Courtroom Antics From One of Miami's Strangest

Categories: Flotsam
Victor-Hugo Vaca has a creative way of getting his point across. To protest the nastiness of bureaucracy, the wayward, fiercely opinionated, Naval officer-turned-artist has tried everything from running for US President to hanging four-foot penis paintings across from the VIP section at Art Basil. Wherever he goes, controversy seems to follow.

So it's no wonder a court transcript from his most recent legal battle -- in which he's representing himself -- reads more like a
Hollywood script than public record. (His former lawyer is suing him for about $8,000 but that's not the interesting part.)
"The powers that be are trying to censor me," Vaca says."Little old me." (Riptide has a sneaking suspicion there's a bit of paranoia involved.) A judge, he says, will now decide whether he should be held in contempt of court.

As the case began in 2006, over a payment disagreement,  the writer/painter planned the satirize the legal system through his art. In his online graphic novel, Crackhead Jesus, Vaca weaves quotes from his own hearings with fictional appearances from symbolic characters like Prince and Jesus Christ and draws up to 70,000 hits per month.  "I make it so outlandish that it's clearly parody," he says. "That way I'm safe from slander."

Not everybody is laughing. Both the judge and opposing council are now sick of his antics.In May 2007, Palm Beach County  Judge Donald Hafele caught the  38-year-old artist video-taping him in his chambers. "I informed [Vaca] in no uncertain terms that neither my name nor my image is to be used without my permission," Hafele he told the court. Then he added: "I  will seek whatever civil remedies" necessary to stop him.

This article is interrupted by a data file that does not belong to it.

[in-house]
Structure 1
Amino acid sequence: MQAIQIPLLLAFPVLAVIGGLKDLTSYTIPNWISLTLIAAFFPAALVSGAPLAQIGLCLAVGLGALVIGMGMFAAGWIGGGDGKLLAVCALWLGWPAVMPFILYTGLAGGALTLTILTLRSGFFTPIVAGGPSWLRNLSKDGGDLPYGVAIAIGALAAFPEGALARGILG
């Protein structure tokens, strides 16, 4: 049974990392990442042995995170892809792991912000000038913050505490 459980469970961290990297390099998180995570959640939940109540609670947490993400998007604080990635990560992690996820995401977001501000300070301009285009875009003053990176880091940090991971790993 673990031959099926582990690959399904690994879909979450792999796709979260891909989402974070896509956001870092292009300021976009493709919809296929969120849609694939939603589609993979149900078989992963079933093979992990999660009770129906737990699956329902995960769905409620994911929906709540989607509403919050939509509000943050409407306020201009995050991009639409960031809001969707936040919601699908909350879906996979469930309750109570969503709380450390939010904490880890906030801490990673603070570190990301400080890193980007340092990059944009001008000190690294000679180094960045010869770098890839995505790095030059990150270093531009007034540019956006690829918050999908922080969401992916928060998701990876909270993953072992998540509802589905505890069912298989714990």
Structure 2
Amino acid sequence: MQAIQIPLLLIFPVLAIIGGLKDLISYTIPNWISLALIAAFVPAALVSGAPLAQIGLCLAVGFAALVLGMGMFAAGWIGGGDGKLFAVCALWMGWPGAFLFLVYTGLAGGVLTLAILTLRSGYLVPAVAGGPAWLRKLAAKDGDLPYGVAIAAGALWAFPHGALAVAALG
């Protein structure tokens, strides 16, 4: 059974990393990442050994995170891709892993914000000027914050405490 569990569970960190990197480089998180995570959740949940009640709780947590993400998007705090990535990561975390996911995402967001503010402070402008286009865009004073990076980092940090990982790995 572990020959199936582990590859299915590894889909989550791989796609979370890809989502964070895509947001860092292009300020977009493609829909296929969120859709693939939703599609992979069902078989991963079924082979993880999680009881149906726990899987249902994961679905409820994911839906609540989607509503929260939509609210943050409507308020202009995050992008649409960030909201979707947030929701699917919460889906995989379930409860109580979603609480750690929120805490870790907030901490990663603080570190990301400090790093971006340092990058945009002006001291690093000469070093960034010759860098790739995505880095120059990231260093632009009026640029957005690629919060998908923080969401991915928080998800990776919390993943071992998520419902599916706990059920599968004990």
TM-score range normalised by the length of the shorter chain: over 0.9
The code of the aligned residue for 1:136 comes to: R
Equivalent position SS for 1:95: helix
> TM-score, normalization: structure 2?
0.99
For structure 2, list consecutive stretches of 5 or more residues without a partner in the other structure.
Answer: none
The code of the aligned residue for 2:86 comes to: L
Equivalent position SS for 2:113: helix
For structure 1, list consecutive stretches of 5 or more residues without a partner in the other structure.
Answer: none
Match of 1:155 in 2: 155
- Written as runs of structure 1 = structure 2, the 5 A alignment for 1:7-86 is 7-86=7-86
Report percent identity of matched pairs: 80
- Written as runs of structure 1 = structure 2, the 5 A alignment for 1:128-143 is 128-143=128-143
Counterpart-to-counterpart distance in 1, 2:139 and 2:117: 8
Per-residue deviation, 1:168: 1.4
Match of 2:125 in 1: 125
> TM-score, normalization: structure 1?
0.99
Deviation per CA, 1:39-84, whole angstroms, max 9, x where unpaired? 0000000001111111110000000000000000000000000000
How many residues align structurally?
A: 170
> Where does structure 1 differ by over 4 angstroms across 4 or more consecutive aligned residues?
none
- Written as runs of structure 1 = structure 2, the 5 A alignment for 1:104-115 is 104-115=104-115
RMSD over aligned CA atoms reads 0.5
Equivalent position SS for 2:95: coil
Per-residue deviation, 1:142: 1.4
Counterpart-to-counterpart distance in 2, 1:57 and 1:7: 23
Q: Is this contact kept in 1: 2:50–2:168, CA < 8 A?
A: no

Things didn't get much smoother. A few months later, Vaca handed Hafele a "parody contract" in order to make a statement about the plaintiff's illegitimate paperwork. In the faux-document, Vaca agrees to "appear nude in court" and  use his "first born" to pay a fee. The judge rolled his eyes, Vaca says.

Then this past June, opposing council member Alexander Conde sent the artist a heated letter about his Internet writings. It notes Conde's intention to seek one million dollars, should Vaca continue "callus, wanton and gross attempts to defame the firm."  The lawyer did not return phone calls seeking comment.

Late last month, Judge James Martz took over the case. He will now consider Vaca's behavior and decide if he should be held in contempt of court. He also ruled that, for the sake of efficiency, the artist would no longer be able to serve as his own attorney, Vaca says."It's the legal mafia," Vaca tells Riptide. "You might want to write that down."

He now  plans to turn the experience into -- what else? --  "a major motion picture."
Says to-be Director Alyn Darnay, who is collaborating: "When we film, the courtroom will be filled with giants, twins and midgets. It's  going to be place where the abnormal is normal.
--Natalie O'Neill 

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